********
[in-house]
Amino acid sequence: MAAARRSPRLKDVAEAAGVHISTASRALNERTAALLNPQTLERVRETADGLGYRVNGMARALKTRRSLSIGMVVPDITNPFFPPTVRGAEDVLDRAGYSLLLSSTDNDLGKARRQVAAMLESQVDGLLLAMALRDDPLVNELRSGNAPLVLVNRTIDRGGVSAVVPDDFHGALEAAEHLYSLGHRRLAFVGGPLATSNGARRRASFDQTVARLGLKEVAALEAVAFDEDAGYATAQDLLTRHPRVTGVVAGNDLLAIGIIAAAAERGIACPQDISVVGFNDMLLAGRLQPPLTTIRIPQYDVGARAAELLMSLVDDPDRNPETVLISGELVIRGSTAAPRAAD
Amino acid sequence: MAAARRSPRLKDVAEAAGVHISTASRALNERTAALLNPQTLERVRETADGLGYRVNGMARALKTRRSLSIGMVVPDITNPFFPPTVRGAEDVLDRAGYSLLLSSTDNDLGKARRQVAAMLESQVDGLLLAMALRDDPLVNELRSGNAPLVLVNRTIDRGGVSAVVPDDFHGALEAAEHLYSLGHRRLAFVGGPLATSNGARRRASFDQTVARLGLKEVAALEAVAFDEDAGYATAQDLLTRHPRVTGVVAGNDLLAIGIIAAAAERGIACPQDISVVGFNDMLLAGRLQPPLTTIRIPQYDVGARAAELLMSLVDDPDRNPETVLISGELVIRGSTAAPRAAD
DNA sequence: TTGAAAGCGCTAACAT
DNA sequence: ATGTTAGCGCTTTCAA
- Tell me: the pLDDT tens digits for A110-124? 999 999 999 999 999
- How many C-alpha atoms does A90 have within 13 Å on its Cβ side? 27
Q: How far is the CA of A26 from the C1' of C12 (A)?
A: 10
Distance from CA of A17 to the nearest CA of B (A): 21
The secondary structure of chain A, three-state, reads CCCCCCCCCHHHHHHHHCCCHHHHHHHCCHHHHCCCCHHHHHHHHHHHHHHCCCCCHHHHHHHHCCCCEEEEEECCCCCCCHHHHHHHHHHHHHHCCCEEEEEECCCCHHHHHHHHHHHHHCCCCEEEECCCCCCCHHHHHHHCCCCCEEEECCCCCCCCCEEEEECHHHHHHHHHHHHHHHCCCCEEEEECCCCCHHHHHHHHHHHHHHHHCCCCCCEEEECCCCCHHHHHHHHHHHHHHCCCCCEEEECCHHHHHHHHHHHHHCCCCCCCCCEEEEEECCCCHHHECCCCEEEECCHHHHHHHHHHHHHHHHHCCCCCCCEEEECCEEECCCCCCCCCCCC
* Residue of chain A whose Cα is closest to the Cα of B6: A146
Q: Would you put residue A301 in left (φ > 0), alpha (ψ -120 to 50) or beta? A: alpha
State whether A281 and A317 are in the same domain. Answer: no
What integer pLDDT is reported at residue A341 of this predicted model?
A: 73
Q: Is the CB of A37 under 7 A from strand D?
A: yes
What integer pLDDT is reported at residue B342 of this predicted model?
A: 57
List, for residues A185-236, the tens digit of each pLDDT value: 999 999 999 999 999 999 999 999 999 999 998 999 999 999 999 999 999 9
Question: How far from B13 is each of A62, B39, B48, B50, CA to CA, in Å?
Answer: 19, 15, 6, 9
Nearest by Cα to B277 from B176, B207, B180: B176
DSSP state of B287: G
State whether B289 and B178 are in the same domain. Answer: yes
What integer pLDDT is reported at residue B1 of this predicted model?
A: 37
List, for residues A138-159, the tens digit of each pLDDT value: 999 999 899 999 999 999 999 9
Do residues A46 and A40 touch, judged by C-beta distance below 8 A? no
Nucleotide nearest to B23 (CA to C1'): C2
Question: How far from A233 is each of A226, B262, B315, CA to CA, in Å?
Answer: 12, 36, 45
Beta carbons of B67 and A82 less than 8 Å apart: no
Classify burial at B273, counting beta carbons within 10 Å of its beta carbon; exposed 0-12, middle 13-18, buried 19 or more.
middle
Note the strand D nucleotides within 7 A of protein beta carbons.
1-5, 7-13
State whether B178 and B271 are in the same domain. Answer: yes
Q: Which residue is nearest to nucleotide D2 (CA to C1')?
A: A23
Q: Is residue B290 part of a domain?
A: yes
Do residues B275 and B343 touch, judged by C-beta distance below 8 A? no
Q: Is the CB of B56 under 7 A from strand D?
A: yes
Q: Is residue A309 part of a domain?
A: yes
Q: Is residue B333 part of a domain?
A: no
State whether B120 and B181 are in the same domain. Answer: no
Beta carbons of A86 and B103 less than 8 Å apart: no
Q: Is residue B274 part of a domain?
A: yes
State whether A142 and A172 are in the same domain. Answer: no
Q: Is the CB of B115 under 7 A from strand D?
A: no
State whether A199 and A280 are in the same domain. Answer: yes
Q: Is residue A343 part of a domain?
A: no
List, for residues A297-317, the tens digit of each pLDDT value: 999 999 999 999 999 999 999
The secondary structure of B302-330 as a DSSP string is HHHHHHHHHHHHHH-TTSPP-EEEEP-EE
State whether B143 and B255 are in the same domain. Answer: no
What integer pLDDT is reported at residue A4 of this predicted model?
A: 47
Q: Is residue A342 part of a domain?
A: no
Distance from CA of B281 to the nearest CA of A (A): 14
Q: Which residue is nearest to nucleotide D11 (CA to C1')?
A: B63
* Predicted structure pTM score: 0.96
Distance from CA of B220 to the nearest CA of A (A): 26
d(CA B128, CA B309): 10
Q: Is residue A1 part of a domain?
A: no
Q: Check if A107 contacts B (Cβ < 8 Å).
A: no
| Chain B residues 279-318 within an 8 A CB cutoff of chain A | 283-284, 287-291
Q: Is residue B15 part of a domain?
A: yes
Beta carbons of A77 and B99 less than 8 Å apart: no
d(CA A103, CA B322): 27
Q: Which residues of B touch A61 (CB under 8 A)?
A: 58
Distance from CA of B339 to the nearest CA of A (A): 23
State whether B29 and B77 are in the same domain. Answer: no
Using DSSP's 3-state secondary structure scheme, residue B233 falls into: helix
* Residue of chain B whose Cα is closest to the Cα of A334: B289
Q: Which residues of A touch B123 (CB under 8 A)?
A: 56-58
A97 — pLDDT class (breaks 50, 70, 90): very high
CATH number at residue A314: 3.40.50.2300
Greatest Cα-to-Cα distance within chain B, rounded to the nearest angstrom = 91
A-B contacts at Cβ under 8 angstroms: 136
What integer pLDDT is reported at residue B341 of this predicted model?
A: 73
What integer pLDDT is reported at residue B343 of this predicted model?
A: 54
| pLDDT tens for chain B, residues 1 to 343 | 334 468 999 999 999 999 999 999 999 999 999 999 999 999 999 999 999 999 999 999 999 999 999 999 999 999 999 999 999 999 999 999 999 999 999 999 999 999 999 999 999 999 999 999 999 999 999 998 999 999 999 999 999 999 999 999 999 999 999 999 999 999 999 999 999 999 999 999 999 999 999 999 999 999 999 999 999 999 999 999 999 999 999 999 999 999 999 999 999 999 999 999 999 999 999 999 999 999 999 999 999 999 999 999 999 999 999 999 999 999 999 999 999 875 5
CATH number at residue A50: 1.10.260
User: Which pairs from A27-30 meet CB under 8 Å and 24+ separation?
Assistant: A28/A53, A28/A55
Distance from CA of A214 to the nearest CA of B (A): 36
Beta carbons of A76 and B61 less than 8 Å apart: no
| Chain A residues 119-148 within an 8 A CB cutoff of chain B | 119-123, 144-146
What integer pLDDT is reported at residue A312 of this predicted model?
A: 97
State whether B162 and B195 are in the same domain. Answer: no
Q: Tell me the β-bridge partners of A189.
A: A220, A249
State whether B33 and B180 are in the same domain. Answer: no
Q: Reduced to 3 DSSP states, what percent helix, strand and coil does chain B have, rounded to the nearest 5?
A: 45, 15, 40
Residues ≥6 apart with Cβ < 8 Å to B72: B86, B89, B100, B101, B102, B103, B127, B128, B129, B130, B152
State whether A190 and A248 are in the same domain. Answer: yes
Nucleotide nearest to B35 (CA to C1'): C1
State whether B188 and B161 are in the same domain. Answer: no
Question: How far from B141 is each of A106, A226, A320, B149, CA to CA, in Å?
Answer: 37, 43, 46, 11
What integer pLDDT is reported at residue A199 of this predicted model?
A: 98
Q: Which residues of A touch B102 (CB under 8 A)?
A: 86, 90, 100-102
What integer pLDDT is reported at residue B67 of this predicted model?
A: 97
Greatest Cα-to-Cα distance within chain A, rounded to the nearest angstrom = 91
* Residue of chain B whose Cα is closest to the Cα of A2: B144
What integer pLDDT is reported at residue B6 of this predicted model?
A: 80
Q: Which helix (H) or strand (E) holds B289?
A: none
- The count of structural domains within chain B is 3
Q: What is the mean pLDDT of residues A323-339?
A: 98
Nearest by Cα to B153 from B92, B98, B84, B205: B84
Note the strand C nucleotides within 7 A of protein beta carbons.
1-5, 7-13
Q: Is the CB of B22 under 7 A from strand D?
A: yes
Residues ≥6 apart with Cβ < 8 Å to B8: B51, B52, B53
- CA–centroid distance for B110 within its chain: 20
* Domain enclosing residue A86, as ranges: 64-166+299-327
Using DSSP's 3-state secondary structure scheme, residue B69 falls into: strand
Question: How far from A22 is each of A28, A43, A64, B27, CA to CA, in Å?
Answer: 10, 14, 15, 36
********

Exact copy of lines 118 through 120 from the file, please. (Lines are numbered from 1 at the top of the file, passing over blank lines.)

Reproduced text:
Question: How far from B141 is each of A106, A226, A320, B149, CA to CA, in Å?
Answer: 37, 43, 46, 11
What integer pLDDT is reported at residue A199 of this predicted model?